Kayapo Chief Raoni weeps at a funeral in 2002. Raoni has been a fierce opponent of the Belo Monte dam, which will flood his tribe’s lands along the Xingu River.
As an American I know a lot about shame — the U.S. government and American companies have wrought appalling amounts of damage the world over.
But as an admirer of Brazil’s recent progress toward an economy that recognizes the contributions of culture and the environment, this week’s decision to move forward on the Belo Monte dam came as a shock.
The dam will generate lots of electricity — more than 10 percent of Brazil’s current capacity during the rainy seasons, much less during the dry season — but the cost is tremendous: more than 16,000 people will be displaced by flooding and 40,000 hectares (100,000 hectares) of rainforest will be inundated. The project will redirect the flow of roughly 100 kilometers’ worth of the Xingu River, disrupting fisheries and local livelihoods. Power generated by the dam will fuel industries that convert the Amazon rainforest into hamburgers, soybeans, soda cans, and minerals (the Brazilian mining giant Vale is a major investor in Belo Monte).
But perhaps most importantly, Belo Monte undermines Brazil’s standing as a global leader on the environment. Recent gains in demarcating indigenous lands, reducing deforestation, developing Earth monitoring technologies, and enforcing environmental laws look more tenuous with a project that runs roughshod over indigenous rights and the environment.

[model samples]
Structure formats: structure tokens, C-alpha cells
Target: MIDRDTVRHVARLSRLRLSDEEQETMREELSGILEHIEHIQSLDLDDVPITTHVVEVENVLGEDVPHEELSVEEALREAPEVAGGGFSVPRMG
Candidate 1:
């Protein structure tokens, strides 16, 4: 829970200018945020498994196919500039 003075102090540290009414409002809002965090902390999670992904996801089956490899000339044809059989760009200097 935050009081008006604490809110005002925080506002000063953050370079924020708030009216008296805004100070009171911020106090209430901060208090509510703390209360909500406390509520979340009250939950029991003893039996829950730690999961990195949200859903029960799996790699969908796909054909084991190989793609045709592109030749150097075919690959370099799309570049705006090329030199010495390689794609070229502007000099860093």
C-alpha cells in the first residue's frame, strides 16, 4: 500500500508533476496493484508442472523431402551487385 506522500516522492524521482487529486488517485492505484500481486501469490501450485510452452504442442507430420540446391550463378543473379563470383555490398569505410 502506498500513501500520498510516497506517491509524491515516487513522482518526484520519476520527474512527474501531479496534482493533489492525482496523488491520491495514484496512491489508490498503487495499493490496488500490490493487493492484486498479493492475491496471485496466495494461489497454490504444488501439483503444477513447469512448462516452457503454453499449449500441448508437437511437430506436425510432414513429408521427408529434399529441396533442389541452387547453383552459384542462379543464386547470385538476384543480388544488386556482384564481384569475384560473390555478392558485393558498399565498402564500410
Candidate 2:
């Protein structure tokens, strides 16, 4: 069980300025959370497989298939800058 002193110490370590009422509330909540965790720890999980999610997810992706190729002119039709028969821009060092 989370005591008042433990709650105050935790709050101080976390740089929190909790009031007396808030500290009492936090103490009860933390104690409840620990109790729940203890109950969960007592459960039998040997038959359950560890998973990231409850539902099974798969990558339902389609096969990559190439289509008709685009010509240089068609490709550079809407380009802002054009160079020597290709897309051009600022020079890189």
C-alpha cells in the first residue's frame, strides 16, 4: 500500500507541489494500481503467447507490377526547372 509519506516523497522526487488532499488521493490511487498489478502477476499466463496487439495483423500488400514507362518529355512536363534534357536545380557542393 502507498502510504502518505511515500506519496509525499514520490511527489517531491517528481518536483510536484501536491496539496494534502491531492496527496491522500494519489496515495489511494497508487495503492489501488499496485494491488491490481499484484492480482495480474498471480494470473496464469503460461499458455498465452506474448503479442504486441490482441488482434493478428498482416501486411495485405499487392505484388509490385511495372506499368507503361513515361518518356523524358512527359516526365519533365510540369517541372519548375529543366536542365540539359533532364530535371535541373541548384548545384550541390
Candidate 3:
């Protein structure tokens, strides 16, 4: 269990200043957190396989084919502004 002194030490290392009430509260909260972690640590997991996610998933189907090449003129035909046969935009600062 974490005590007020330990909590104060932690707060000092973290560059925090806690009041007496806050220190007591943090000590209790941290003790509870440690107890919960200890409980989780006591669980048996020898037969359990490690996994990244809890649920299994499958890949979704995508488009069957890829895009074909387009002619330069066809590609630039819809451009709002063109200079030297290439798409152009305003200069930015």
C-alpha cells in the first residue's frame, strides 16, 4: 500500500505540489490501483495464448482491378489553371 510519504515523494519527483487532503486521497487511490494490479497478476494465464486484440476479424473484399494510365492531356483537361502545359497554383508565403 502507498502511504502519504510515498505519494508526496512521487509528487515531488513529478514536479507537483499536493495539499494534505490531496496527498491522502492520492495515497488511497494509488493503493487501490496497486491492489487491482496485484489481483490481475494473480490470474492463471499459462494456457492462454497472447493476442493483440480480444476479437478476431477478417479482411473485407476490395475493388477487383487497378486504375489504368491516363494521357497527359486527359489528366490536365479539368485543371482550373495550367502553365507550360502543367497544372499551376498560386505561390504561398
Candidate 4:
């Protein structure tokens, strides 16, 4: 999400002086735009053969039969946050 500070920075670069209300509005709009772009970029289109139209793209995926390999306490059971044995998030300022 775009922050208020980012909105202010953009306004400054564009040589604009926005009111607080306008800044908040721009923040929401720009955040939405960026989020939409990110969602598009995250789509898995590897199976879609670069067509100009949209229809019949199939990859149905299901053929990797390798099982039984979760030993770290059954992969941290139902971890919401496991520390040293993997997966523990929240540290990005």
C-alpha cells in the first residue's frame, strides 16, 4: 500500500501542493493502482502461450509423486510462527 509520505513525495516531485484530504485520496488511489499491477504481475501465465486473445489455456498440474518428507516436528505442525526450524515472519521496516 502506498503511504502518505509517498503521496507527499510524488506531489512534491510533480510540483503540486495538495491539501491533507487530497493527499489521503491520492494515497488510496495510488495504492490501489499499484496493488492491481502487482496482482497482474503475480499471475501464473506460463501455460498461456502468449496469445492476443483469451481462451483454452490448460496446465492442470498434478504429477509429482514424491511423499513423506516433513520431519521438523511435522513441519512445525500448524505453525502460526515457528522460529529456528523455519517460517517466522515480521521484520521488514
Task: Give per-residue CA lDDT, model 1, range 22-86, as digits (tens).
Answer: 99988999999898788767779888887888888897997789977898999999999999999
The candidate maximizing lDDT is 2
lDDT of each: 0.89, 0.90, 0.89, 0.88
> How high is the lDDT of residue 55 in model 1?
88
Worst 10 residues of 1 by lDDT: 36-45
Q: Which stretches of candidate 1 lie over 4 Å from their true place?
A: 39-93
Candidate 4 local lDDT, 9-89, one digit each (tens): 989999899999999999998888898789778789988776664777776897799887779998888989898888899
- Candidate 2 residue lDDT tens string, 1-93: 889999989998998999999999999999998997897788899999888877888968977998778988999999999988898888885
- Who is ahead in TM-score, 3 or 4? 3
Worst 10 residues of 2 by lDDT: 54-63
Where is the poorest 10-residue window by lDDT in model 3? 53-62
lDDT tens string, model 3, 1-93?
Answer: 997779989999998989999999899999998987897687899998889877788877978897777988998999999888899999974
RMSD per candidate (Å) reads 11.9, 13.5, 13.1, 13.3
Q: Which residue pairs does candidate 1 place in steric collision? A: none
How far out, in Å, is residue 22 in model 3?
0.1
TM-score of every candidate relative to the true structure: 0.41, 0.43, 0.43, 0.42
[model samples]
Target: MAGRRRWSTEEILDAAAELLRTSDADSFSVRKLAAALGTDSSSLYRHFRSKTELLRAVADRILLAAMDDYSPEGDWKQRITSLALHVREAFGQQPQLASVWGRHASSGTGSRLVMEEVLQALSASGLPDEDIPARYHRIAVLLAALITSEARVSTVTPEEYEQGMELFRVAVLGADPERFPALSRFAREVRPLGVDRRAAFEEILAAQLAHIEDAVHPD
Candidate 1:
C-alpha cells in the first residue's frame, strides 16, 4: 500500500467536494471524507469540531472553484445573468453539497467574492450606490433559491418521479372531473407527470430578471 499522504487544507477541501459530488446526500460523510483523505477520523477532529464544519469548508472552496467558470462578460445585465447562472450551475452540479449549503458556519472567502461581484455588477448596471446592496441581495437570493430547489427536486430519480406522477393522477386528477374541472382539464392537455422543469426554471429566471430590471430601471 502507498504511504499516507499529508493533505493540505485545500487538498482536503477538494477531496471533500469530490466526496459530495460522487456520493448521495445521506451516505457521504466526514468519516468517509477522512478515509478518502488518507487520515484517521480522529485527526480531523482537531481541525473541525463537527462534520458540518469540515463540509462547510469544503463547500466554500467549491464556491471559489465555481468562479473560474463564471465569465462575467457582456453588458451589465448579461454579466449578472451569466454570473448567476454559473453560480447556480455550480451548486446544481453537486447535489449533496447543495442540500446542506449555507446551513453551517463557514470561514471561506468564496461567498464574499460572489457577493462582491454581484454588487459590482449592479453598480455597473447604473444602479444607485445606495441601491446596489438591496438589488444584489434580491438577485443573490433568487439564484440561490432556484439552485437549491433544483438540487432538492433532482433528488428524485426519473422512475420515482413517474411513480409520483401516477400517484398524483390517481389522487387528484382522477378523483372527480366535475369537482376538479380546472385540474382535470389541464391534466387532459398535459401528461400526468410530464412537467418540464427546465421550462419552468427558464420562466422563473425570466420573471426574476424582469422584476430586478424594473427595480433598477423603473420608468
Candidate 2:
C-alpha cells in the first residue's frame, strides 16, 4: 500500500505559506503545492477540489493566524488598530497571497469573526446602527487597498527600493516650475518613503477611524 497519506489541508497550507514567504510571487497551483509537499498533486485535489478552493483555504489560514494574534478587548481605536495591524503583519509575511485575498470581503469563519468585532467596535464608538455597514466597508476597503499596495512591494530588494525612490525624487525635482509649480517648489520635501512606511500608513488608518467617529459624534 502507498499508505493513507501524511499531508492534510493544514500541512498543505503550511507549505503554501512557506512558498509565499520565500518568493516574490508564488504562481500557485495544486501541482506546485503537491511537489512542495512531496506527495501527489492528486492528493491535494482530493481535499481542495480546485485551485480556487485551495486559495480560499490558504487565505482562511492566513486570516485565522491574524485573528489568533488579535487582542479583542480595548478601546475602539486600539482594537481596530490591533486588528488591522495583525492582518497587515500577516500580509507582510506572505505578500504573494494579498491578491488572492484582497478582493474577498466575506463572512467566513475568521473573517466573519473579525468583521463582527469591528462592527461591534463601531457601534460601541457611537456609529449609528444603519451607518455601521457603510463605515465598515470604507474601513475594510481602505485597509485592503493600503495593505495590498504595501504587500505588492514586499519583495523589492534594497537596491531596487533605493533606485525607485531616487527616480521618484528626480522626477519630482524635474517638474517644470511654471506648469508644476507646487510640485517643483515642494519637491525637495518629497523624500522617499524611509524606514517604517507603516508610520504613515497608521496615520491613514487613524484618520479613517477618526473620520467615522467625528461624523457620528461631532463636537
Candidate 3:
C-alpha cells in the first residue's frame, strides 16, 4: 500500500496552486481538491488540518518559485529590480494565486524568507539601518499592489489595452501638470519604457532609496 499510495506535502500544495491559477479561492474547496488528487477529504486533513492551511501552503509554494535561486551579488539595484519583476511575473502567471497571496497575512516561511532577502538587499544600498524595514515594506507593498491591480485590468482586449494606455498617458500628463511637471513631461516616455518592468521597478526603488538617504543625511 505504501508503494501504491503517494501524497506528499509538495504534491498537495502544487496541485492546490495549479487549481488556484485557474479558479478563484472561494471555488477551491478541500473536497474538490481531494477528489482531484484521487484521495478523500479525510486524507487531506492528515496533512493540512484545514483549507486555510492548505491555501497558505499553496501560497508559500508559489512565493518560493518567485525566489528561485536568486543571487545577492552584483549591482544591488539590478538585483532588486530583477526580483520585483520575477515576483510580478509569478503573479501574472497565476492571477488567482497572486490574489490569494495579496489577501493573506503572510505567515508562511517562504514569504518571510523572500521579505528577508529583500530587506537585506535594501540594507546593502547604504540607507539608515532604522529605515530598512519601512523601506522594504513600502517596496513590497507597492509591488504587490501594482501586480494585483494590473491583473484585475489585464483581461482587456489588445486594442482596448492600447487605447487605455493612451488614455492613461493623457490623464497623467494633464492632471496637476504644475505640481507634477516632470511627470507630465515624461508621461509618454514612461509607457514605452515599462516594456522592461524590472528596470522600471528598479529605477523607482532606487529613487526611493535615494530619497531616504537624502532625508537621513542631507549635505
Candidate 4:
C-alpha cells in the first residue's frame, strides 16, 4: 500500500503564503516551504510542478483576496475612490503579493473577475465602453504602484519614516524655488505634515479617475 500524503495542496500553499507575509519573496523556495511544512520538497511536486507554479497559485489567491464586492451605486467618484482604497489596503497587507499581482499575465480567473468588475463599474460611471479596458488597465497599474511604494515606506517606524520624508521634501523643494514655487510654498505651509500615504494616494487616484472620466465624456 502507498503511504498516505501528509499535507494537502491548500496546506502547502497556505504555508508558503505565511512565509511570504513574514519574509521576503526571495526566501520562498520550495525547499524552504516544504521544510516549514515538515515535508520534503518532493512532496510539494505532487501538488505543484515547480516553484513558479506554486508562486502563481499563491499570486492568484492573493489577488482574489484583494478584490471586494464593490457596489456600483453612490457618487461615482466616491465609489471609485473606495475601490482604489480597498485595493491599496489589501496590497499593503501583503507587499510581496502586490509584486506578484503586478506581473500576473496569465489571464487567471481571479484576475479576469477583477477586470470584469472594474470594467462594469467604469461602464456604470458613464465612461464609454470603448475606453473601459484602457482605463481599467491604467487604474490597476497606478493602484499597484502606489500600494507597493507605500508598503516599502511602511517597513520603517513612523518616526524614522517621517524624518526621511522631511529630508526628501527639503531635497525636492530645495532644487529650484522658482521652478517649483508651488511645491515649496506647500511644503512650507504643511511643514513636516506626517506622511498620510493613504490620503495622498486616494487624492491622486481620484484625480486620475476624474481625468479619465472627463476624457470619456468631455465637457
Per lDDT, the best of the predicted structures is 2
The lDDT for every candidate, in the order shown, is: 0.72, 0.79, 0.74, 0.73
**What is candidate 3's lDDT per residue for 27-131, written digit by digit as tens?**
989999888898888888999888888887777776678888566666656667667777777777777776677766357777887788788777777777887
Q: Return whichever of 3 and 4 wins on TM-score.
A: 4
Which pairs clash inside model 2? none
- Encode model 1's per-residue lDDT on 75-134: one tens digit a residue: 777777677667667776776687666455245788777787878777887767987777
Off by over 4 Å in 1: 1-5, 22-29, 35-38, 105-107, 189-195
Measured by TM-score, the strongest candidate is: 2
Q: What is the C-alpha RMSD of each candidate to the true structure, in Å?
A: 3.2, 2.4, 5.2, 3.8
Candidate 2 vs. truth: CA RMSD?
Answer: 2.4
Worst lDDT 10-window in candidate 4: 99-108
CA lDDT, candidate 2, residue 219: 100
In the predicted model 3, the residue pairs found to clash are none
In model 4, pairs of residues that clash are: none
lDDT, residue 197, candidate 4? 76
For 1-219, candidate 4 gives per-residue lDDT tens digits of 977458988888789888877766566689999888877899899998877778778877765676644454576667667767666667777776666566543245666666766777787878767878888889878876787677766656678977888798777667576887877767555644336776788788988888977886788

When I speak to audiences, I use Brazil as an example of a country that is leading the transition toward a more just and sustainable economy. With Belo Monte, I’m no longer certain Brazil is the model to emulate.
What happened Brazil?
Amazon mega-dam gets final approval
(06/01/2011) Brazilian authorities gave final approval to the controversial Belo Monte dam, reports AFP.
(05/02/2011) Brazil’s most controversial mega-dam, Belo Monte, which is moving full steam ahead against massive opposition, has received an extra infusion of cash from Vale, a Brazilian-run mining company.
(03/28/2011) Former US President, Bill Clinton, spoke out against Brazil’s megadams at the 2nd World Sustainability Forum, which was also attended by former California governor, Arnold Schwarzenegger, and film director, James Cameron, who has been an outspoken critic of the most famous of the controversial dams, the Belo Monte on the Xingu River.
(02/08/2011) In a protest today in Brasilia, Brazil, indigenous people delivered a petition to authorities signed by 500,000 people calling on them to cancel the controversial Belo Monte dam. They hope the petition, organized by online activist group Avaaz, will help convince Brazil’s new president, Dilma Rousseff, to cancel the project. However, actions by Brazil’s first female president have pushed the dam forward.
(01/14/2011) The president of Brazil’s environmental agency IBAMA has resigned over pressure to grant a license for the Belo Monte dam, a hydroelectric project on the Xingu River that faces strong opposition from environmental groups and indigenous tribes, reports O Globo.
(08/30/2010) The decision last week by the Brazilian government to move forward on the $17 billion Belo Monte Dam on the Xingu river will set in motion a plan to build more than 100 dams across the Amazon basin, potentially turning tributaries of the world’s largest river into ‘an endless series of stagnant reservoirs’, says a new short film released by Amazon Watch and International Rivers.